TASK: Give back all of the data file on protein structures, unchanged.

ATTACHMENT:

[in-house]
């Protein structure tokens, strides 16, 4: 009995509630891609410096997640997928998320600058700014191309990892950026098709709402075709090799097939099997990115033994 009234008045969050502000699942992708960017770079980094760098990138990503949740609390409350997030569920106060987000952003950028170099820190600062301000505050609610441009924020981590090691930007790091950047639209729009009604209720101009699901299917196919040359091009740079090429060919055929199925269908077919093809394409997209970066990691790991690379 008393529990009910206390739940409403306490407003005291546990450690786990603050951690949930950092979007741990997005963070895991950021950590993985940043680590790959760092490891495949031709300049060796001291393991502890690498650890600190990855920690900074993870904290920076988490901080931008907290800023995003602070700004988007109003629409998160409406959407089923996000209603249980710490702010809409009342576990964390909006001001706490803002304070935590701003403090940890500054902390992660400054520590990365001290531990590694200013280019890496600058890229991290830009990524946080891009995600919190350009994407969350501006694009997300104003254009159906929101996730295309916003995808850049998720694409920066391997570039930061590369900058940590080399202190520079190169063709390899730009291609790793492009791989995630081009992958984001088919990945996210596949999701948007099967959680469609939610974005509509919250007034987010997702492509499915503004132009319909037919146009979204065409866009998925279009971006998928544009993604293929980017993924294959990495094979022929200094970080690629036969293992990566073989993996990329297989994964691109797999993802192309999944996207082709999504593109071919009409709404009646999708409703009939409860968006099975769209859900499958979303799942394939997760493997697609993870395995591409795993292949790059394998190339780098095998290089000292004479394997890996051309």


[in-house]
């Protein structure tokens, strides 16, 4: 009995509630891609410096997640997928998320600058700014191309990892950026098709709402075709090799097939099997990115033994 009234008045969050502000699942992708960017770079980094760098990138990503949740609390409350997030569920106060987000952003950028170099820190600062301000505050609610441009924020981590090691930007790091950047639209729009009604209720101009699901299917196919040359091009740079090429060919055929199925269908077919093809394409997209970066990691790991690379 008393529990009910206390739940409403306490407003005291546990450690786990603050951690949930950092979007741990997005963070895991950021950590993985940043680590790959760092490891495949031709300049060796001291393991502890690498650890600190990855920690900074993870904290920076988490901080931008907290800023995003602070700004988007109003629409998160409406959407089923996000209603249980710490702010809409009342576990964390909006001001706490803002304070935590701003403090940890500054902390992660400054520590990365001290531990590694200013280019890496600058890229991290830009990524946080891009995600919190350009994407969350501006694009997300104003254009159906929101996730295309916003995808850049998720694409920066391997570039930061590369900058940590080399202190520079190169063709390899730009291609790793492009791989995630081009992958984001088919990945996210596949999701948007099967959680469609939610974005509509919250007034987010997702492509499915503004132009319909037919146009979204065409866009998925279009971006998928544009993604293929980017993924294959990495094979022929200094970080690629036969293992990566073989993996990329297989994964691109797999993802192309999944996207082709999504593109071919009409709404009646999708409703009939409860968006099975769209859900499958979303799942394939997760493997697609993870395995591409795993292949790059394998190339780098095998290089000292004479394997890996051309």